Meet Poorsquare: It's Foursquare for the 99%
November 8th, 2011
01:33 PM ET

Meet Poorsquare: It's Foursquare for the 99%

By John D. Sutter, CNN

You've heard of Foursquare, the location app that lets people "check in" to their favorite bars, restaurants and coffee shops. Now meet Poorsquare, a website that uses Foursquare's data to come up with a list of nearby locations where you can get a free lunch - if you check in with Foursquare.

Jeff Novich and Andrew Pinzler created the Web app at a recent New York hackathon sponsored by American Express, according to this blog post from Business Insider. When you input your location and click a button - aptly named "I am the 99%. Show me some Freebies!" - you get a list of locations that are offering some sort of free or discounted reward, many of which require a check-in.

It will be interesting to see where this Web app goes. The blog The Next Web, where we first spotted this story, says it's "on its way to becoming a winner."

It would be nice, however, to see this data presented on smartphones and tagged to a user's current location. On the site, you have to tell Poorsquare where you are from a list of choices. Further, the app only works for New York at the moment, although the site says data for 100 U.S. cites are "coming soon."

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Filed under: Innovation • Tech
soundoff (8 Responses)
  1. Paula Neto

    prehaps they should think about the other way around, instead of having freebies, ppl should check in to help the ones that can't afford a meal, no?

    November 18, 2011 at 5:58 am | Reply
  2. gary

    As highlighted on CNN Heroes (www.AmpleHarvest.org/cnn), AmpleHarvest.org enables people to find a food pantry in their community... either to donate food to, or in case they are in need on assistance.

    More than 4,500 food pantries across all 50 states are registered.

    Visit http://www.AmpleHarvest.org to learn more (also available as free iPhone and Android apps)

    November 9, 2011 at 10:51 pm | Reply
  3. Craig

    Too poor to buy lunch, but not too poor to buy a smartphone or iPad and a monthly wireless service plan.
    That about sums up the problem right there.

    November 9, 2011 at 3:30 pm | Reply
    • Steve

      Amen!

      November 9, 2011 at 10:17 pm | Reply
    • Bill

      I pay $30 a month for a plan that gives me 1000 min/month plus limited web access on a not-particularly-smart phone (my phone cost around $40, the article states that the service does not currently rely on smartphone tech). That's one dollar a day for a service which can be used to receive calls from employers or potential employers, communicate with a friend who can give you a ride or your spouse, children, etc., beyond the service mentioned here. Maybe not a necessity, but not necessarily frivolous either.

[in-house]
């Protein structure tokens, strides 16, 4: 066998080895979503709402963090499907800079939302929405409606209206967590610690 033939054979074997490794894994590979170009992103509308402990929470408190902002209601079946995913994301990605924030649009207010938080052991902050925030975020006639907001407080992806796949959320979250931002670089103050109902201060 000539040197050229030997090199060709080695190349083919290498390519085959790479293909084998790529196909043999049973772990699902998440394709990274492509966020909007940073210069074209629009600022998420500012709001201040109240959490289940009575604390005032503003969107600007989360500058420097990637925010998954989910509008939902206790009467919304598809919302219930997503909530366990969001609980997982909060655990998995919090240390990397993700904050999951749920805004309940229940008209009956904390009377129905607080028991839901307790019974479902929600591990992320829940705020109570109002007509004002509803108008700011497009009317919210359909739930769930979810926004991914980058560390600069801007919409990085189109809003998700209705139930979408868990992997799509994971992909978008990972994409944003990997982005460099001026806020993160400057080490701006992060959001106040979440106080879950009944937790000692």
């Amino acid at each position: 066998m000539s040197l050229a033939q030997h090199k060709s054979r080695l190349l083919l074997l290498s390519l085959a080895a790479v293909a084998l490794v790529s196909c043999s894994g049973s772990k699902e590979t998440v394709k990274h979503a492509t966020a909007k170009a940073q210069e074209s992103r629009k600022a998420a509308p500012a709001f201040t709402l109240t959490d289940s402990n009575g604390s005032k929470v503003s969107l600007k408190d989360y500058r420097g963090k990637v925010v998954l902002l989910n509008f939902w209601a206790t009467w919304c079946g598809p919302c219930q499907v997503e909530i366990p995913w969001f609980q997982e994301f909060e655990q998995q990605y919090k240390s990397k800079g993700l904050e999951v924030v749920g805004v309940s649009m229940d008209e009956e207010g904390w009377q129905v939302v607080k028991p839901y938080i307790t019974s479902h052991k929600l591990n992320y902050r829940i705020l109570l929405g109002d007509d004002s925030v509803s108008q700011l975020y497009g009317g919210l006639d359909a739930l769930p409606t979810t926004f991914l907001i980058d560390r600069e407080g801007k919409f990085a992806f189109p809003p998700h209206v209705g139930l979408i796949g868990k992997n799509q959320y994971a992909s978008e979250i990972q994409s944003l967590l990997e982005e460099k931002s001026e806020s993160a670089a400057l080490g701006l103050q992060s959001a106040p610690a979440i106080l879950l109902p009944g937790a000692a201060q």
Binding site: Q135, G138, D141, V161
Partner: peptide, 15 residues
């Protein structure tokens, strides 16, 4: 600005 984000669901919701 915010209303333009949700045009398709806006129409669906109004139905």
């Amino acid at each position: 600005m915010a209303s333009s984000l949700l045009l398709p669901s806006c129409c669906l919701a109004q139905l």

November 10, 2011 at 12:37 am | Reply
      • Shawn

        I think the point Craig is making is that any good personal finance consultant – or anyone with financial common sense – would tell you that when you reach a catastrophic level in your budget, ANY discretionary items must go in favor of shelter, food, electricity, water, and heat. If you're at the point at which you need food hand-outs (the second item on the previous list), phone plans should have already been taken out of your budget. You can get access to your Gmail to communicate with potential employers from the public library.

        The point being that many people in America right now are in the situation that they're in because they consistently make poor money choices and fail to take ownership of there situation to make the necessary decisions. While your mobile phone plan seems modest, I'm going to assume you're not starving. If you are, you too need to re-evaluate your situation.

        November 14, 2011 at 4:09 pm |
    • dee

      It's not a matter of being "too poor" to pay full-price for a meal, but a matter of saving some money where you can. This is more for middle-class people trying to save a buck or two. Let's face it – the truly "poor" are most likely qualified for assistance such as food stamps and those free phones that come with 250 minutes/month.
      Shawn mentions that you can contact potential employers by accessing your Gmail from the library. While this is true, what do you do if said employer wants a phone interview? Is having a nice suit for an interview a frivolity as well?

      Also, what if you happen to have a job that provides you with a smartphone, yet you're still struggling to make ends meet with that take-home pay?

      Sorry, but I'm going to get me a discount whenever I can.

      November 15, 2011 at 7:30 am | Reply

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